Breeding season of the Endangered White (Umbrella) Cockatoo, and possible competition for nest holes with Blyth’s (Papuan) Hornbill in North Maluku, Indonesia

Irfan Rosyadi, Jihad S. Udin, Richard A. Noske, Mahroji Mahroji

Abstract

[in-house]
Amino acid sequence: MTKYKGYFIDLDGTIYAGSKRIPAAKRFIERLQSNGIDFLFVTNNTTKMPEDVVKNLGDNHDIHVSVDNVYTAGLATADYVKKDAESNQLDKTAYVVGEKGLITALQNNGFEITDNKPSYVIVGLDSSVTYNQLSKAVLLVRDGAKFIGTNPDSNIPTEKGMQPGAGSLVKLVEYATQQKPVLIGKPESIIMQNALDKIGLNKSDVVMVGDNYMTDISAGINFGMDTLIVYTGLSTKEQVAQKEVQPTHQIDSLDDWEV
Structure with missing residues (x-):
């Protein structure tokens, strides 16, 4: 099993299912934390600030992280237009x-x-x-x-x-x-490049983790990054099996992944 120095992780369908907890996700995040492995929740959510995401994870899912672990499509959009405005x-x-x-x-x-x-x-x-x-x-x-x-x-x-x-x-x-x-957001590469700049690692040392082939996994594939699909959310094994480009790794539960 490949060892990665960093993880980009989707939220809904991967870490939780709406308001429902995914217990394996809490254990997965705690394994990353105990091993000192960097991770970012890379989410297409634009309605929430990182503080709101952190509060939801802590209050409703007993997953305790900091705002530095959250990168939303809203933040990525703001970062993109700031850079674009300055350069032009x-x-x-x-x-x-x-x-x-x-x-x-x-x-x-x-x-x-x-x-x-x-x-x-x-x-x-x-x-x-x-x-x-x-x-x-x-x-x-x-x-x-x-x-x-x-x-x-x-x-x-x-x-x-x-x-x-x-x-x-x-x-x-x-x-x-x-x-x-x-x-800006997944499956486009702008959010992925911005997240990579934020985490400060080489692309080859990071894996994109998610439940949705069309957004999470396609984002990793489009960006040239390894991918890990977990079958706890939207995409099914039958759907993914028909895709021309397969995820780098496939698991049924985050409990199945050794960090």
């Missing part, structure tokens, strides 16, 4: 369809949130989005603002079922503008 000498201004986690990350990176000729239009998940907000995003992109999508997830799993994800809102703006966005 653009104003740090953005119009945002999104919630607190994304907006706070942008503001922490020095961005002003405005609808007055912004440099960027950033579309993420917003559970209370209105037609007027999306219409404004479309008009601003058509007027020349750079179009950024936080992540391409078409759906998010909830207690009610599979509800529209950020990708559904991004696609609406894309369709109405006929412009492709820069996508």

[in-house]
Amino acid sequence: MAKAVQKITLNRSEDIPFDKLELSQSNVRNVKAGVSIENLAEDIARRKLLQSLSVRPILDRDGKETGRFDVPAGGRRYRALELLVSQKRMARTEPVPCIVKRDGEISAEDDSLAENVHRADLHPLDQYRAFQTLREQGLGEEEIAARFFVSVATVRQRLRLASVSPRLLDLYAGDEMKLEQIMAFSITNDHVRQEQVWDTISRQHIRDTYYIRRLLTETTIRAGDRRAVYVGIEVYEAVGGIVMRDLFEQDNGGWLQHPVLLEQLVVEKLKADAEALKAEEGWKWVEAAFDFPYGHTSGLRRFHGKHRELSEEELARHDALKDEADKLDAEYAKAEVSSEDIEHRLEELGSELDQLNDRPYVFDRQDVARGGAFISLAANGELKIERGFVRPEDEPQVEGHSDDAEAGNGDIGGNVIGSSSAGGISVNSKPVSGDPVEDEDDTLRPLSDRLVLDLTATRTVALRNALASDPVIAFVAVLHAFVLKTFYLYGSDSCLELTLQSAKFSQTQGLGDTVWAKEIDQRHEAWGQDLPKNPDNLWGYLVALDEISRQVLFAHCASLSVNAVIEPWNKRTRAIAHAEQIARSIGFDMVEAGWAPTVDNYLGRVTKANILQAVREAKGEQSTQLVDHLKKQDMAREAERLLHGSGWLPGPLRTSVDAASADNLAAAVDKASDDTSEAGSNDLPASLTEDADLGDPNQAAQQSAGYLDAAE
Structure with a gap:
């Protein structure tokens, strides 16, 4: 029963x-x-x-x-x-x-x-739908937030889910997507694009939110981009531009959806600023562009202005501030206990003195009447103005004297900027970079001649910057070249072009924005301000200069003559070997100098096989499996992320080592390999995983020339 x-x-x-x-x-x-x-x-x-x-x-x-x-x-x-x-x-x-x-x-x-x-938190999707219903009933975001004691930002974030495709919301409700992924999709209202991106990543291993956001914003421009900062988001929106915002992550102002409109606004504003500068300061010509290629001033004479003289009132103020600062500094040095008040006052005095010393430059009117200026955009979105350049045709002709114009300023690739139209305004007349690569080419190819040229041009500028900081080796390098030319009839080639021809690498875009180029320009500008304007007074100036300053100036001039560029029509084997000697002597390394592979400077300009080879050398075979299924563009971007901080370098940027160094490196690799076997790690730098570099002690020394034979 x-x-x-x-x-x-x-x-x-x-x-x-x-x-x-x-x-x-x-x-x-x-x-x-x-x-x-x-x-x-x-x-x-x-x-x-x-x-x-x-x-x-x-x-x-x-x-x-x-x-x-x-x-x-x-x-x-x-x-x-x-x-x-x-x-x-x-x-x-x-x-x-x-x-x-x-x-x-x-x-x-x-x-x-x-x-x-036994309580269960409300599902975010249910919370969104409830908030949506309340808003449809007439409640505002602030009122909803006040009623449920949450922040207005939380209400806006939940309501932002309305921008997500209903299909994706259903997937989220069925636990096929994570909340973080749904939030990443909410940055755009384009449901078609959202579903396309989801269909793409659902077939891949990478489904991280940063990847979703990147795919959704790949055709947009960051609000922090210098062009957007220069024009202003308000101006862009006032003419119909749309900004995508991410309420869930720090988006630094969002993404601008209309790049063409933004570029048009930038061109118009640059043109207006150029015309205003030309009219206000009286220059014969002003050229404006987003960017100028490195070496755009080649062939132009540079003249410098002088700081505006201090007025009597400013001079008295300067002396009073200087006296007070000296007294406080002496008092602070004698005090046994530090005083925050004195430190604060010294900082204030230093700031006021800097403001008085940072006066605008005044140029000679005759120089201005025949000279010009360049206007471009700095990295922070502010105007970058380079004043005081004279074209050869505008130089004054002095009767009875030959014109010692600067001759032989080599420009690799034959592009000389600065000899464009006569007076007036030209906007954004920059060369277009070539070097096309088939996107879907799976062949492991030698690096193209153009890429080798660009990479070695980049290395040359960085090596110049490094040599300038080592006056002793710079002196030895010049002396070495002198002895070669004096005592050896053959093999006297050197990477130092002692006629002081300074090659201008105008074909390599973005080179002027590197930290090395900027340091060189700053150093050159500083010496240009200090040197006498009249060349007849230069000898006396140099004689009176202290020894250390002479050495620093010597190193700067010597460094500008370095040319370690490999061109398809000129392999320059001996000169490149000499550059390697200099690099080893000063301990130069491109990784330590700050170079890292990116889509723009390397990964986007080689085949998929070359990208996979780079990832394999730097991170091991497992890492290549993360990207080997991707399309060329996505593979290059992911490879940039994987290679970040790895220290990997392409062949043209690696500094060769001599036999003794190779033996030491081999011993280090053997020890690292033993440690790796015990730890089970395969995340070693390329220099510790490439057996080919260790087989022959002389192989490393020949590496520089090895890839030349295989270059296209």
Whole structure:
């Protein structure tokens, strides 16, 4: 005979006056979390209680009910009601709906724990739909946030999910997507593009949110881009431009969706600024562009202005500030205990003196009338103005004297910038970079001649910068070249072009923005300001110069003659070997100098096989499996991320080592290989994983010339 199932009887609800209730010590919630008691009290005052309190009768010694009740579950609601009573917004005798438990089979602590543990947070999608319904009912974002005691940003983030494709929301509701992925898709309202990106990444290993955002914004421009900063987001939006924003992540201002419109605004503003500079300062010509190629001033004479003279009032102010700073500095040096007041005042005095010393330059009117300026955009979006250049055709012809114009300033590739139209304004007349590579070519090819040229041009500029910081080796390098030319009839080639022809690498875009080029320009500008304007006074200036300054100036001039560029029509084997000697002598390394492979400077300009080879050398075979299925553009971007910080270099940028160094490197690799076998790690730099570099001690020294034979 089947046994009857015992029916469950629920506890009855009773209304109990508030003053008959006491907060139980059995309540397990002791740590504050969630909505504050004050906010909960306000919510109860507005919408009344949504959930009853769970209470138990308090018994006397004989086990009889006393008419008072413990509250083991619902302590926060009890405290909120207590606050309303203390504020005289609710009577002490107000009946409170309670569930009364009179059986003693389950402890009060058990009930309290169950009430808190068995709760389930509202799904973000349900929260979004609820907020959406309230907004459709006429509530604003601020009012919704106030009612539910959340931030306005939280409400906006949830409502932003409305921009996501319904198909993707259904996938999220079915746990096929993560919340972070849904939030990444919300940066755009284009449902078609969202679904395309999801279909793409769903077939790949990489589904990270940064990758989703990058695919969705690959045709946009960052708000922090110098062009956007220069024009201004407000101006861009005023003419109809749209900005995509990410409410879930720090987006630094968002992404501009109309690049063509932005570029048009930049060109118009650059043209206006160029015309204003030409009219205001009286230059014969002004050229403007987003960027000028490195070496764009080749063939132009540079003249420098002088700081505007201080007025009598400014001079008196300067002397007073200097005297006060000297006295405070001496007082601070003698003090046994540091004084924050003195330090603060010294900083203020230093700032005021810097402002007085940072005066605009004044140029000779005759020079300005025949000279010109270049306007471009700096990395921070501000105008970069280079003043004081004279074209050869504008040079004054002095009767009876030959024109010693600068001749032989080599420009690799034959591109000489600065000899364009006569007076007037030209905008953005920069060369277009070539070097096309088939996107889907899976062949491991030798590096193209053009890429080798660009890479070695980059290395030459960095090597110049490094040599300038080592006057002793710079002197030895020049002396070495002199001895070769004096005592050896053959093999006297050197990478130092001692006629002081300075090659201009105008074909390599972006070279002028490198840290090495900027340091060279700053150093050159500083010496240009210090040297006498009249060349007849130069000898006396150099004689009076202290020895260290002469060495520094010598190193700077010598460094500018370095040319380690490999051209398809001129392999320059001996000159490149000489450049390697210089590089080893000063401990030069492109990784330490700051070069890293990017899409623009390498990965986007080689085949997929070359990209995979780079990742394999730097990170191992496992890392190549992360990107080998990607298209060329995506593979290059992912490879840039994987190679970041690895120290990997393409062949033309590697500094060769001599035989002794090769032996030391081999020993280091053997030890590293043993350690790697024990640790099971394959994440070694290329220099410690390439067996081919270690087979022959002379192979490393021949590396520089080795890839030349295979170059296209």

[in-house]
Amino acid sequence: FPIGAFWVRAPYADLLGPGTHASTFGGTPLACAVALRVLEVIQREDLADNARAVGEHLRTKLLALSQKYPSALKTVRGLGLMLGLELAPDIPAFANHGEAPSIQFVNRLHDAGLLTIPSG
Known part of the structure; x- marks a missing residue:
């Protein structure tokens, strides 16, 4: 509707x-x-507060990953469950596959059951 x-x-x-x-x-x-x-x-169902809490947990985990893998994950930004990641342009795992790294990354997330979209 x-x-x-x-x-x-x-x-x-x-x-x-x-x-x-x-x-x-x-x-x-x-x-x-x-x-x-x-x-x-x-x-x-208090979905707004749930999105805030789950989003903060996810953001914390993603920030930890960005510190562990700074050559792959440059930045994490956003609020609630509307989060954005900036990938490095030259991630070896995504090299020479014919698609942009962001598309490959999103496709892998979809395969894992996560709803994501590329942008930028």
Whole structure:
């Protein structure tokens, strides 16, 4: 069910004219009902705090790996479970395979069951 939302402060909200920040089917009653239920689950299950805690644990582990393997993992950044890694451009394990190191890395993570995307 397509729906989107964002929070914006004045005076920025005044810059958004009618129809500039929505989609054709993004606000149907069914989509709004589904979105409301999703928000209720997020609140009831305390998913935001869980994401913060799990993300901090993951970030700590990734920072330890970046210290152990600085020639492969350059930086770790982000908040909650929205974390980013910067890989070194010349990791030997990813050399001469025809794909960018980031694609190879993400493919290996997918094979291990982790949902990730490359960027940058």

The White Cockatoo Cacatua alba is endemic to the North Molucca islands and is considered Endangered mostly due to unsustainable levels of trapping for the pet trade. Little is known about its breeding biology in the wild, except that it nests in tall trees during the early part of the year. We made brief observations of two active nests of White Cockatoos on Halmahera and another on Ternate in February and March 2014, and estimate the egg laying dates of two of these nests as mid-October and mid-November. Combined with other data, the breeding season appears to extend from October to May or June. All three nests were visited by Blyth’s Hornbills Rhyticeros plicatus, a species which occurs throughout North Maluku, as well as New Guinea. One nest was subsequently abandoned. In September and November 2014, we observed two active nest cavities of hornbills, one of which was inspected by a cockatoo, and the other, approached closely by cockatoos. Both hornbill nests were reported to have been used previously by White Cockatoos, suggesting that the two species may either share or compete for the same nest cavities. Sharing of cavities may be facilitated by partly non-overlapping breeding seasons, as Blyth’s Hornbill reportedly lays eggs from August to October in the region. However, as the nest cycle of both species is c.4 months, it is possible that early nesting pairs of one species may attempt to usurp nest cavities occupied by the other species. The potential for nest competition may be exacerbated on small islands where deforestation has reduced the number of nest cavities available for hole-nesting species.


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